Some thoughts and practical advice on what you should keep in mind when designing cute characters. See the illustrations below.
Cuteness and Human Instincts
One might think what you find attractive or cuddly is very subjective, depends on personal taste.
However, cuteness in general mostly based on our instincts, our animal-self. We are wired in a way that we find baby or toddler proportions and expressions of shyness cute and adorable. We feel babies need to be cared, cuddled and saved. One key feature of surviving as species.
Some easily noticeable features of babies are:
- huge head, compared to the rest of the body I real life a baby's head is approximately a quarter of his height.
- relatively big eyes, small ears, small nose
- notice the place of the eyes nose and ears on the lower part of the face. (If you draw an imaginary horizontal line approximately in the middle of the head, that is where the eyes are sitting.)
- roundish face soft and roundish limbs and body
Reasons for ExaggerationIn character design, cartoony, realistic or 3Ddesign, these are the features we exaggerate even more to get the audience's "aaw".
One of the most popular proportions for cartoons is the half's rule. It means the head of the character is a half of the height. The body and legs share the rest. You can play a little bit with the body and legs, sharing the place evenly or making one or the other bigger. Juts for comparison, if we draw a realistically proportioned adult human, the head is somewhere between a fifth to an eight of the height.
Expressing Age with Proportions
Designers, illustrators, animators have a good reason to enlarge the head at an almost ridiculous scale.
While when I design a character almost always start with a light scribble of the whole body, looking for a pose that expresses the personality, human or humanized animal characters's face conveys too much information to neglect. Facial features and expressions have a priority when designing characters. Remember, how we "read" each other's faces when having a conversation. The smallest unconscious movement of the eyebrows or little tremor of the lips a shake of nostril can give away us. How the lack of this information when we do not see the others leads to misunderstandings in correspondence or sometimes even when on the phone.
Scientist say the mother's face is the first thing that a baby recognizes.
Here are some doodles to show humans with the half -half proportion. In spite of the fact the all the characters have the same size heads as the baby has on the left, he looks like a very young little fellow, a couple of weeks or months old only. From left to right, it is not difficult to tell the age of these little guys.
What makes the first character look so much younger and the others older?
One key factor is where the eyes, nose and mouth are situated. See the purple line halfway of the baby's head. The eyes are slightly under it. Also notice the curvy lines, short limbs and cute bean-shape roundish body.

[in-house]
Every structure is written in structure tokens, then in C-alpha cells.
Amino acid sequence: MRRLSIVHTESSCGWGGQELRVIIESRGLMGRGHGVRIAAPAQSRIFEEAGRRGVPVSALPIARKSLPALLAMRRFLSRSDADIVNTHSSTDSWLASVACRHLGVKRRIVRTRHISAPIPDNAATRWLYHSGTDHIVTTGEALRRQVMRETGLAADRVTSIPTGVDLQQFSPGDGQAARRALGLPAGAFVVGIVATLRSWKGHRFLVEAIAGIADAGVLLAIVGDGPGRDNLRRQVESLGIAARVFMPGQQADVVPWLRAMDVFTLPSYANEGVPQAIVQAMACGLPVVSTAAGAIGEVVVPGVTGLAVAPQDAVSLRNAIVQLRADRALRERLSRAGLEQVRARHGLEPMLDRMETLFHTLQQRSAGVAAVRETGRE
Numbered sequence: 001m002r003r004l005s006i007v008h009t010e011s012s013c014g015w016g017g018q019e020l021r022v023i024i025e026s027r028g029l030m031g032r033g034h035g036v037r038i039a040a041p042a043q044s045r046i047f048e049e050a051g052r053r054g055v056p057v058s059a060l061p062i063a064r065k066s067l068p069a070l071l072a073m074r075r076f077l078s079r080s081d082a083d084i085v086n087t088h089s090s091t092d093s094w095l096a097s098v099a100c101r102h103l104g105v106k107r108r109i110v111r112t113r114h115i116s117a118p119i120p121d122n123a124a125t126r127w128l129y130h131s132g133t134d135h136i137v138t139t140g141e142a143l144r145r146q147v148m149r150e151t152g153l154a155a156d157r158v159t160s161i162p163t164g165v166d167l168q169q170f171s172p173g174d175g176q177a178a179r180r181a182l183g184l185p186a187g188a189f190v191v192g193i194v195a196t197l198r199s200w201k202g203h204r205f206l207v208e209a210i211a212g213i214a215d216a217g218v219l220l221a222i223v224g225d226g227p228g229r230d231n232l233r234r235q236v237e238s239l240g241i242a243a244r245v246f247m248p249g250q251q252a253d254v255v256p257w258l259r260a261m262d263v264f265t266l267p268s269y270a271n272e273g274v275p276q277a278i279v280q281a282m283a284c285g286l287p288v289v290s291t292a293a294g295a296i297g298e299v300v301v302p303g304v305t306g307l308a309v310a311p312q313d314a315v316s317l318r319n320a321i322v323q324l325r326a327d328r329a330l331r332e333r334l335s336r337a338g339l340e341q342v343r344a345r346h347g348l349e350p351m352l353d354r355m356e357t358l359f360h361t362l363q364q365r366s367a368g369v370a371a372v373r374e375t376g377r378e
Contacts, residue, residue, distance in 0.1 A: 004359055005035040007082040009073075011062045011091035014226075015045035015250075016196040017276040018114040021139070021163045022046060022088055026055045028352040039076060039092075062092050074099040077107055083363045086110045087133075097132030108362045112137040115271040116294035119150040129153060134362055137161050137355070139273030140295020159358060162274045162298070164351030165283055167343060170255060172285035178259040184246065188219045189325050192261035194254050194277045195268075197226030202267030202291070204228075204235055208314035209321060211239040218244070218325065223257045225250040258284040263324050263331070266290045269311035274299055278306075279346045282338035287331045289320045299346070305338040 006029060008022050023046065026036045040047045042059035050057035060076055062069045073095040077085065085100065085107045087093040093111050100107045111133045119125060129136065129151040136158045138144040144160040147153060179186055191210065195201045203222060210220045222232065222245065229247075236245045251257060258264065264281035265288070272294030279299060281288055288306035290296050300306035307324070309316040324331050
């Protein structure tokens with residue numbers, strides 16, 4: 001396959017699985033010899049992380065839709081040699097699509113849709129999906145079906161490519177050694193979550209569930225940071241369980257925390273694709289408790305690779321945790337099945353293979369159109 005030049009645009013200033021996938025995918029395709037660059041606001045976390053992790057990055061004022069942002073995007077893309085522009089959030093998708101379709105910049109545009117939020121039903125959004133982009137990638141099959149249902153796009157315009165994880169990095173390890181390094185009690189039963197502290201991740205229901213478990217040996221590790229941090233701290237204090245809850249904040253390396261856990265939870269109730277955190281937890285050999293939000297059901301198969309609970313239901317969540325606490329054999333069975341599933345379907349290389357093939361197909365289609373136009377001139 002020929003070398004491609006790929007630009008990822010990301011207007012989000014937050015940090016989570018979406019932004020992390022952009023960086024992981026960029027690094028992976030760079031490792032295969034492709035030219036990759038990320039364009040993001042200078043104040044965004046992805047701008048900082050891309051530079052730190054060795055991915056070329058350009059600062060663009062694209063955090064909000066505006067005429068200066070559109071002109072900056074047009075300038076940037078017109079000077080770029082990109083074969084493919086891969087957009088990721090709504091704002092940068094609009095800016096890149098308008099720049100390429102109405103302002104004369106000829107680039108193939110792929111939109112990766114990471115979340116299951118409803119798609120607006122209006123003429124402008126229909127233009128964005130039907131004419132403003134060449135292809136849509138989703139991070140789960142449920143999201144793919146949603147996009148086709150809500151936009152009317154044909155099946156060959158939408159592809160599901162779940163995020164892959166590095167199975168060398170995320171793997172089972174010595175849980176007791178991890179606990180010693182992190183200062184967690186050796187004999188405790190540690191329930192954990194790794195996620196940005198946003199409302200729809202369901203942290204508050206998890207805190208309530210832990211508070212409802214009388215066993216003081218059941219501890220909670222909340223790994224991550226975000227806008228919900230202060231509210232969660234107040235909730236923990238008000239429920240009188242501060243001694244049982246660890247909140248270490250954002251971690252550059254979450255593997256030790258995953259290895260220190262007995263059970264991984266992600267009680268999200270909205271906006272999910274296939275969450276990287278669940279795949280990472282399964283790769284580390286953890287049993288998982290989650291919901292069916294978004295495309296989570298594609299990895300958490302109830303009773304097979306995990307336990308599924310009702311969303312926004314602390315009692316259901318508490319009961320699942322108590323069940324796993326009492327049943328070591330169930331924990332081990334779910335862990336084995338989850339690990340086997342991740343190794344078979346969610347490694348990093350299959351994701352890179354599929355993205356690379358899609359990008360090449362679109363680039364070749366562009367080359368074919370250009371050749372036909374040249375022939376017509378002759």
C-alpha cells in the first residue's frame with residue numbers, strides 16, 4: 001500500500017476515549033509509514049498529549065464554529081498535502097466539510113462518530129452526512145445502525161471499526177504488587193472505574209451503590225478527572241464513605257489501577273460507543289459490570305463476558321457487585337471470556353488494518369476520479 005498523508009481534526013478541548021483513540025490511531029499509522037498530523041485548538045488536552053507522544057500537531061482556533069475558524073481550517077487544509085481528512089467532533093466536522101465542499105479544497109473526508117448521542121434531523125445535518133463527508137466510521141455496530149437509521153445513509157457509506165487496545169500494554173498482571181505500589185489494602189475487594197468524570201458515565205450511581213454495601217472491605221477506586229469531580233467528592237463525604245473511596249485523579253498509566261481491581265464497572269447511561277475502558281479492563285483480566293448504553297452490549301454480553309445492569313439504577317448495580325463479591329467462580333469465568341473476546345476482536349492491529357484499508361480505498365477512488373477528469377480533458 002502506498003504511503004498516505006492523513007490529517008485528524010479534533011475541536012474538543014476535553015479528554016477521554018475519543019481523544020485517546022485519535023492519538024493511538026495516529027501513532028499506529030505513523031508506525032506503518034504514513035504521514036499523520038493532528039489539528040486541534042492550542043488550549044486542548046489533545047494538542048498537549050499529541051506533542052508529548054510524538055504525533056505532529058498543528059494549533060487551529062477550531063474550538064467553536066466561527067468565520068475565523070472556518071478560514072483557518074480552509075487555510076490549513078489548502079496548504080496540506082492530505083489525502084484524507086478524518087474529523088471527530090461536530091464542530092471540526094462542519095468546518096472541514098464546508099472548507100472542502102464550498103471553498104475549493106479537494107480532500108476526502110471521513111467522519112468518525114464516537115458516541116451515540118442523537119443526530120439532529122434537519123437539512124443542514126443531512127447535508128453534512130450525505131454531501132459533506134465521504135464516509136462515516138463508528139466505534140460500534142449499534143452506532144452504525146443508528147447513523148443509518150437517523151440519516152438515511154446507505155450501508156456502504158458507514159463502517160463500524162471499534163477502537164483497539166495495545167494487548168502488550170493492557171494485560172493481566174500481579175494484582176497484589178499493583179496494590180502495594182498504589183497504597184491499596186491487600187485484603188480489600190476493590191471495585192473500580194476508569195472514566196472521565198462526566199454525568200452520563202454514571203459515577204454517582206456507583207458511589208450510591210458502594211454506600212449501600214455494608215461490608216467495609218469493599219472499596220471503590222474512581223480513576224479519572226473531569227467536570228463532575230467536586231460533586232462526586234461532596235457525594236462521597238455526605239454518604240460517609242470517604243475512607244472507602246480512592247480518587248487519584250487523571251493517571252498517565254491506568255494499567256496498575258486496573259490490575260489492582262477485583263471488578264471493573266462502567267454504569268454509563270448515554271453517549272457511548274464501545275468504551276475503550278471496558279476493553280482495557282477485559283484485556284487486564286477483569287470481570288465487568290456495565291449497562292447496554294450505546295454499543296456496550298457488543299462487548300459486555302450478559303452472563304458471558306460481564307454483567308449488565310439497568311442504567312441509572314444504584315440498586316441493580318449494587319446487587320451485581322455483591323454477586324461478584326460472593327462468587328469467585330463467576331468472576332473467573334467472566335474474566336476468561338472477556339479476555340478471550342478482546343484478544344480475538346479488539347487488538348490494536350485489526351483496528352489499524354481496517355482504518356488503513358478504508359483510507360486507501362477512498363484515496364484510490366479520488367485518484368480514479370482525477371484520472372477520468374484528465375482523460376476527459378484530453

Placing the eyes slightly higher on the face, the next little guy he looks older as he is wondering what his older brother doing with the measuring tape. Notice the measuring little fellow's eyes, they have higher position, face is less chubby and he has slimmer body. Next to them, the boy with the football looks about 9-12 years old. To demonstrate that it is possible to draw even adults, keeping the same proportion, I made a young man and woman too. Their heads are slimmer, though still same length, notice how their bodies are proportioned closer to an adult's.
Apple in My Eyes, Add a Little Spice
Another example can be the pretty redhead sitting on an anvil holding a welding equipment. She has large head, huge eyes, with big pupils, small nose and lips. Pupils, also play an important role in character design. They can change size from 1.5 mm to over 8 mm depending on the light or darkness around us and also according to the emotions we feel. They get smaller when we are afraid or angry and extend when we are excited, happy and when in love. Large pupils mean experiencing positive emotional stimuli, no wonder we find them attractive.
The redhead's face is somewhat Disney type cute and innocent. To make the girl a little bit more special, spice her up, I decided to tattoo her. Not wanting to use the most popular cliches (rose, heart, skull) I went for a motif from an older sketch of mine. So she got flowers and an octopus wriggling on her arms.
A Handy List to Summarize
Here is a handy list about what you need remember to create a cute human character:
Do not forget to start with the pose and the general shape of the whole character, then you can work on the details.
- big head, big eyes, (big pupil)
- small nose, ears and mouth
- roundish shapes, the younger the character the more roundish it is in general
- avoid pointy or sharp shapes
- to express age watch the proportions on the face (high forehead, keep eyes under or around horizontal midline)
- watch proportions of the body
- find something to spice it up (tattoos, clothing, props, weapon, jewelry, something unexpected or funny, something that adds extra flavor to your character's personality
There are certainly many other versions of lovable characters, what I showed you in this short intro is just a few examples of them. In the next part, I am going to bring examples to show cute animals or other creatures.
Thank you for reading. Please feel free to comment or ask questions.